CHINA'S STANCE: Chinese Foreign Minister Yang Jiechi speaks at a high-level meeting on Libya at the UN headquarters in New York City on September 20 (ZHU WEI)
Three weeks after the Libyan National Transitional Council (NTC) declared the end of the four-decade rule of Muammar Gaddafi, China recognized the NTC as Libya's legitimate government on September 12.
China was the last permanent member of the UN Security Council to recognize the NTC. Libya has now entered a new era, and China, like other world powers, will actively participate in the war-torn country's reconstruction.
"China stated that it respects the choice of the Libyan people, values the important status and role of the NTC, and has maintained close contact with it," said Chinese Foreign Ministry spokesman Ma Zhaoxu. "China recognizes the NTC as the ruling authority of Libya and the representative of the Libyan people and would like to work with it to push for the smooth transition and development of Sino-Libyan relations."
He said China hopes previously signed treaties and agreements between the two countries will remain valid and be earnestly implemented.
Major changes have taken place in Libya, and the country is now in a critical stage of reconstruction and transition. China raised no objection during the UN Security Council Libya Sanctions Committee's discussion of releasing the Libyan Government's assets in August, but only asked countries to provide more complete and clearer information on the usage and supervision of the assets, Ma said. China will continue to adopt a responsible and constructive attitude when dealing with similar issues in the future.
"We hope that an interim government will be formed at an early date to ensure peaceful and orderly transition of power," Ma said.
"Now is the perfect time to recognize the NTC, neither too early, nor too late," said Professor Li Zhaojie, who is an expert on international law studies at the Beijing-based Tsinghua University.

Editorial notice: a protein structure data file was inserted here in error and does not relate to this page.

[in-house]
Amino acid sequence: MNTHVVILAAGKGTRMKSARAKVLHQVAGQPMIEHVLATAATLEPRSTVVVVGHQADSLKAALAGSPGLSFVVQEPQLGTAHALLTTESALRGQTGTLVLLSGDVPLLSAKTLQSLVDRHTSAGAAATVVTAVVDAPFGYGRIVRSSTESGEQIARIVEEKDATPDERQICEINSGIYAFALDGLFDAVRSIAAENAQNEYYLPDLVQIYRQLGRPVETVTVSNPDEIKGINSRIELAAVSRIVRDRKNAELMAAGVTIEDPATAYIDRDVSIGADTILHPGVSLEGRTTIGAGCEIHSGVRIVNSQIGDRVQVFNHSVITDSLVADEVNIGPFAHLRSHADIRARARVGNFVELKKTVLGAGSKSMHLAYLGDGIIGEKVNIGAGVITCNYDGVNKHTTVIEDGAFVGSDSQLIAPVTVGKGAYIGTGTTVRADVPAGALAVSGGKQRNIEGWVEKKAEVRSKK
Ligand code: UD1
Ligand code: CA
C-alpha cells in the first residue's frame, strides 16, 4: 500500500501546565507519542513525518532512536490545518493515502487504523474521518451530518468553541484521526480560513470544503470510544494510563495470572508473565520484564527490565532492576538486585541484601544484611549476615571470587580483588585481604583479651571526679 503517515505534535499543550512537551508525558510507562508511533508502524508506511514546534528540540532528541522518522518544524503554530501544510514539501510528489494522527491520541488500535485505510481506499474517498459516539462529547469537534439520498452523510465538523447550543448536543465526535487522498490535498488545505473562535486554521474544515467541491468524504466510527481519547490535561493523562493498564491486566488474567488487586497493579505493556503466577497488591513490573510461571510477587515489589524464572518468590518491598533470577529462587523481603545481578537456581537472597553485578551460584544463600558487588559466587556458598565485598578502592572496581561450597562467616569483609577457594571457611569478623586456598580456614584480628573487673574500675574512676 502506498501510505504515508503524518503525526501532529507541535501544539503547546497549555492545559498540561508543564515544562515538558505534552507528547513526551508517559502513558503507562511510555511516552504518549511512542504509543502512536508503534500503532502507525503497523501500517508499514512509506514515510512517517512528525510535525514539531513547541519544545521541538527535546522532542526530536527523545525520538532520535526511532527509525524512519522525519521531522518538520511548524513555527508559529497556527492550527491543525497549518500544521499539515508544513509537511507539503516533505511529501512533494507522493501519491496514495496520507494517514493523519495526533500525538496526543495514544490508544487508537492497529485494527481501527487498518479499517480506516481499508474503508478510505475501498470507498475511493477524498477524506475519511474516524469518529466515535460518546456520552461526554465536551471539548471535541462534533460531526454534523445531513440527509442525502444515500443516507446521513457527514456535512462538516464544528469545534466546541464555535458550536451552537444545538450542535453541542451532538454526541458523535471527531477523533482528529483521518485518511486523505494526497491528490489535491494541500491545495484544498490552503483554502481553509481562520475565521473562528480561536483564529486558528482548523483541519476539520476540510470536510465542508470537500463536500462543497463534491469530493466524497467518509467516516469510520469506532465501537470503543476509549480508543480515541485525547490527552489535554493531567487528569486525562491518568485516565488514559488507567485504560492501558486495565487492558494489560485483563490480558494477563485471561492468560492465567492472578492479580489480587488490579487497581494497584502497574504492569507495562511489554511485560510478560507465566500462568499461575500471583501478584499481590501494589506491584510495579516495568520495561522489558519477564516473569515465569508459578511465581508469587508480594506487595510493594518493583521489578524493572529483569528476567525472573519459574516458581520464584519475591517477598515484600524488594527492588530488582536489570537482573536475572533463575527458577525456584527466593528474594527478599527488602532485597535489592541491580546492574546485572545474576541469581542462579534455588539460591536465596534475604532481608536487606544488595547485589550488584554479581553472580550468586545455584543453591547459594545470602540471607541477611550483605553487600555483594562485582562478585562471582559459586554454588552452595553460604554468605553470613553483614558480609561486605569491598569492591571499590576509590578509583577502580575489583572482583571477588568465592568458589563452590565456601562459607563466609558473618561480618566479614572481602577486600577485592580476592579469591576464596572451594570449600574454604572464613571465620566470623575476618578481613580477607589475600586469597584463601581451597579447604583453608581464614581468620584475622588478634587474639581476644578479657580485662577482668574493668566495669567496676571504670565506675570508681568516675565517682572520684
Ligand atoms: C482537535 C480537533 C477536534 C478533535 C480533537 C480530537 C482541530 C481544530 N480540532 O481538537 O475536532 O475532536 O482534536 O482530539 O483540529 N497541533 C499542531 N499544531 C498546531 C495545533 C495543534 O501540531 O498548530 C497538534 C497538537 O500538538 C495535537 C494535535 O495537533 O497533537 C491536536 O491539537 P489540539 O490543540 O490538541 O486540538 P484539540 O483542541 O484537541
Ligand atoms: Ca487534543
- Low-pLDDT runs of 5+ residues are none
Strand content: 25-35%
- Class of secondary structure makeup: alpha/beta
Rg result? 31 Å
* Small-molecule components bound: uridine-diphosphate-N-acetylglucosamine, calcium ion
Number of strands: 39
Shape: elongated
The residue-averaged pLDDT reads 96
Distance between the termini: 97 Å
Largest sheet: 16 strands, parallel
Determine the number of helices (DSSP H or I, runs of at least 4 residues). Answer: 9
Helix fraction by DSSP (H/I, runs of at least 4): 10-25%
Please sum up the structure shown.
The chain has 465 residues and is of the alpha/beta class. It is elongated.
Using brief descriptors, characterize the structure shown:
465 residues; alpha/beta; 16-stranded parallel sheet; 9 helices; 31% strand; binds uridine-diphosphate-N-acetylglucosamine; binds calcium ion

International law doesn't focus on how a new government gets power, whether through peaceful transition or through revolution or coup, he said. Instead, it focuses on whether or not this new government can become the country's legal representative in the world community. International law also looks at whether the new government can effectively govern, or whether the government effectively controls most of the country's territory and has the support of most of its citizens.
Li said since the NTC now basically controls the whole Libya and has won most Libyans' support, China should admit the new government in accordance with international law.
China is a responsible country abiding by principles, said Ma. China upholds a just position on the Libyan issue, making judgments and decisions based on the purposes and principles of the UN Charter, international law as well as the principles of non-interference in internal affairs and respect for the Libyan people's choice.
Li highlighted the responsible nature of China's recognition of the NTC. He said China must consider both its political relationship with Libya and international law when recognizing the NTC, avoiding premature or overdue recognition. If a country prematurely recognized a new government, it would be considered as intervening in the latter's internal affairs. If it recognized in the new government too late, it might be suspected of intervening in the latter's domestic affairs, too.